Enforcement Guidance Issued for Crane Operator Evaluations

OSHA is enforcing the requirement that employers must evaluate their operators before allowing them to operate cranes independently, but it will offer compliance assistance rather than enforcement until April 15, for employers who have evaluated operators in accordance with the final rule and are making good-faith efforts to comply with the new documentation requirement.

OSHA recently issued enforcement guidance related to its Cranes and Derricks in Construction: Operator Qualifications final rule, which was published on Nov. 8, 2018. The requirements in the rule for employers to evaluate their crane operators and also document the evaluations became effective Feb. 7, 2019.

OSHA is enforcing the requirement that employers must evaluate their operators before allowing them to operate cranes independently, but it will offer compliance assistance rather than enforcement until April 15, for employers who have evaluated operators in accordance with the final rule and are making good-faith efforts to comply with the new documentation requirement.

Addressed to regional administrators and state plan designees and from Scott C. Ketcham, acting director of OSHA's Directorate of Construction, the guidance is dated Feb. 7.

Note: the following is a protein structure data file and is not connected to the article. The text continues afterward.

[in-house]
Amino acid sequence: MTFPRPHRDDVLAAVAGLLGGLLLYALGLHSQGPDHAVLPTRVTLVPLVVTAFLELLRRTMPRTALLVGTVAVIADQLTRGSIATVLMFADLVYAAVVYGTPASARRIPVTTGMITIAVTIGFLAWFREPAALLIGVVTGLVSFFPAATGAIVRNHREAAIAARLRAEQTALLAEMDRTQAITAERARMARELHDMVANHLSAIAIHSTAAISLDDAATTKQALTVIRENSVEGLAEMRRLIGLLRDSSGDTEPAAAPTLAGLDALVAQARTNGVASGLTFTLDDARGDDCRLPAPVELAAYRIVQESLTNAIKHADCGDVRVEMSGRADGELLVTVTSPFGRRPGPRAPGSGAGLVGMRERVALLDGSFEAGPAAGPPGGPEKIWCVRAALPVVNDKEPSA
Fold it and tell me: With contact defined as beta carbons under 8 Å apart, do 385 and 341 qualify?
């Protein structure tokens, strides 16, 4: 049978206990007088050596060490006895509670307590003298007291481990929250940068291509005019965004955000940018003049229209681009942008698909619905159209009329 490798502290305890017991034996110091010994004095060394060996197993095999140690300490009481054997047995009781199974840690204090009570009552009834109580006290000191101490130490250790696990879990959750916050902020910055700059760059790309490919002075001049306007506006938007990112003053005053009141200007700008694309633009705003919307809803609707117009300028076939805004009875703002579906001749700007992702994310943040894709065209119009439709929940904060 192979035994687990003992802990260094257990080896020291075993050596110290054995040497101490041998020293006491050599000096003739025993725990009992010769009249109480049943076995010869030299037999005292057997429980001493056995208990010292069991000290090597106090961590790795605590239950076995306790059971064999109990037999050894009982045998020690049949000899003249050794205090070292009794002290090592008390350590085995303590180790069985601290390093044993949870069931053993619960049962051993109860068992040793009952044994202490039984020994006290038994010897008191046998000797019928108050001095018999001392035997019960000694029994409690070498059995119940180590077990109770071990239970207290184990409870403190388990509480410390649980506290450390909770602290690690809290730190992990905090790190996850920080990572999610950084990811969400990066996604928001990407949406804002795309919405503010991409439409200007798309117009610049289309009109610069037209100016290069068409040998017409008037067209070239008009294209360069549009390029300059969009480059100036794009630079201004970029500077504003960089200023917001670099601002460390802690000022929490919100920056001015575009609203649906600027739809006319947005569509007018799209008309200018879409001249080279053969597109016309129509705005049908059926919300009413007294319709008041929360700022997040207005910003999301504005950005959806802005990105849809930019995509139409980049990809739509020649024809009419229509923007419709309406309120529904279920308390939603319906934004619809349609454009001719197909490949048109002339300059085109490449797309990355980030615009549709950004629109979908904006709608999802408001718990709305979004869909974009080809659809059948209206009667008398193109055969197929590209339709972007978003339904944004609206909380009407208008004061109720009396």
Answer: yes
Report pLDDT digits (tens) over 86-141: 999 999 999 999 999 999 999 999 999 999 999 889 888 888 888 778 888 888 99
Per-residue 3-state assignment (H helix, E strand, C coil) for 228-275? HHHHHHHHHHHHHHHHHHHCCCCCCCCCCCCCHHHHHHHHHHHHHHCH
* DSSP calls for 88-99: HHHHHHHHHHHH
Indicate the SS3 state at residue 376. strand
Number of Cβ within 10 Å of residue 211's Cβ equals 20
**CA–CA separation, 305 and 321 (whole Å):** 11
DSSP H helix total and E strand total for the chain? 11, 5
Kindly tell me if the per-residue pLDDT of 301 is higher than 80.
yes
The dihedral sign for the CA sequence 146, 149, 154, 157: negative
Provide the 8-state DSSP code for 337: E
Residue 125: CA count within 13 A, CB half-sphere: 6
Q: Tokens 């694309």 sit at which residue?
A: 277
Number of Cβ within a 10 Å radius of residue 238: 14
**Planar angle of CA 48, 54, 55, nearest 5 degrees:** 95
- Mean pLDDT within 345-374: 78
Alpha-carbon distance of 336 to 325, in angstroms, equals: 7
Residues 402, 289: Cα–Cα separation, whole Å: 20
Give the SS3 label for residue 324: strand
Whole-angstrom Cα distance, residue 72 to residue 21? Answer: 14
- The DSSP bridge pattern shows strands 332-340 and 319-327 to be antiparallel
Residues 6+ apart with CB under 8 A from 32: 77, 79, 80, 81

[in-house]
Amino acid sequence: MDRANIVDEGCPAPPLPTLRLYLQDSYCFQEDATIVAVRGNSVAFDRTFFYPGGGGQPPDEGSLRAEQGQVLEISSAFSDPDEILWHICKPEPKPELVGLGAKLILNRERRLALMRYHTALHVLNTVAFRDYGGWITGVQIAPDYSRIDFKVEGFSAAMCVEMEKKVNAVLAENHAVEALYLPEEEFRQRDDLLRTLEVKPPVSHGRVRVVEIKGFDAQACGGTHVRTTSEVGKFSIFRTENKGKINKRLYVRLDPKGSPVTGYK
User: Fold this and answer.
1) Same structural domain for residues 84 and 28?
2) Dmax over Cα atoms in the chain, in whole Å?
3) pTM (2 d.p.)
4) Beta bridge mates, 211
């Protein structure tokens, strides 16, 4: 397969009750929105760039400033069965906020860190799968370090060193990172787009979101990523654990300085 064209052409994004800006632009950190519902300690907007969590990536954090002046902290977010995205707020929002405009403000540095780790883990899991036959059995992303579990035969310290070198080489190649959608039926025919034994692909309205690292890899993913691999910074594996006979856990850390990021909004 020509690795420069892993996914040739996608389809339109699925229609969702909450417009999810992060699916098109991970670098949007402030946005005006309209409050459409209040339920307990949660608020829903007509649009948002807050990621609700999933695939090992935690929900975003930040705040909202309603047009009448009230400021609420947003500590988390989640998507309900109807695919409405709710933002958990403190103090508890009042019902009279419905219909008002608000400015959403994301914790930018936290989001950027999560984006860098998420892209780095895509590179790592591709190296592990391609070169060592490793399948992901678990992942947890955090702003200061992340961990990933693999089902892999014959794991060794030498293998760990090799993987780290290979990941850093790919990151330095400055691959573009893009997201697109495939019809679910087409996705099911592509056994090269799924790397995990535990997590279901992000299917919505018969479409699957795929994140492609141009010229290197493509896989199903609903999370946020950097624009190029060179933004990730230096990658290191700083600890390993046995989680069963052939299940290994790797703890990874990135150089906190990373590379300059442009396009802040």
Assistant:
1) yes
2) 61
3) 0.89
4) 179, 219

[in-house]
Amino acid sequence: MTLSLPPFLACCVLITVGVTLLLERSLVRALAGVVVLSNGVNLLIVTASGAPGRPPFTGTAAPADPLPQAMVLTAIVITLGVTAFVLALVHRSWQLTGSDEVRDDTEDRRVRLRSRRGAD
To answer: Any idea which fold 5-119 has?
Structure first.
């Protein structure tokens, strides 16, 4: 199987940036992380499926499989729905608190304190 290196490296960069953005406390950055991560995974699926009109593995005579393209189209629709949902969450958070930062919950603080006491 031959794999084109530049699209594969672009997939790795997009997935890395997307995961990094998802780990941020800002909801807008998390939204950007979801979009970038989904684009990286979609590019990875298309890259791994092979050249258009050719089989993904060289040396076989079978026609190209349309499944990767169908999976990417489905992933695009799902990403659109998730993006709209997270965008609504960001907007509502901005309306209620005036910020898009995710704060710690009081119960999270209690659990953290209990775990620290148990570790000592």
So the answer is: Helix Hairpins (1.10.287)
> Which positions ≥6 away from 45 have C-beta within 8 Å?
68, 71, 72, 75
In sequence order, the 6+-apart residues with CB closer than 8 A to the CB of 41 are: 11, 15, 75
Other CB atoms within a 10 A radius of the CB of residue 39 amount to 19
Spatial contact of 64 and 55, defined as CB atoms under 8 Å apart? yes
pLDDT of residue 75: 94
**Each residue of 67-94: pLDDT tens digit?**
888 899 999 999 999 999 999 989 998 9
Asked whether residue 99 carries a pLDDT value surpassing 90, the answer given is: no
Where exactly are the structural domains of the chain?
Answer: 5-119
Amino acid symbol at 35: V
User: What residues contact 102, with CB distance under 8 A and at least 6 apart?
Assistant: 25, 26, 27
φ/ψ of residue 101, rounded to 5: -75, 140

"OSHA has received feedback from the construction industry indicating some employers may need more time to document evaluations of crane operators prior to the February 7, 2019, effective date. During the first 60 days of enforcement (until April 15, 2019), OSHA will evaluate good faith efforts taken by employers in their attempt to meet the new documentation requirements for operators of cranes used in construction. During this period, OSHA intends to offer compliance assistance, in lieu of enforcement, for those employers who have evaluated operators in accord with the final rule and are making good faith efforts to comply with the new documentation requirement. If, upon inspection, it is determined that an employer has failed to make sufficient efforts to comply, OSHA should cite for that deficiency," it says, asking regional administrators and state plan designees to consult the National Office Directorate of Construction before issuing any proposed citations arising during this time period that are related to documenting crane operator evaluations.

Starting April 15, OSHA will fully enforce all applicable provisions of the final rule, the guidance document states. Regions with questions are asked to contact the Directorate of Construction by calling 202-693-2020.

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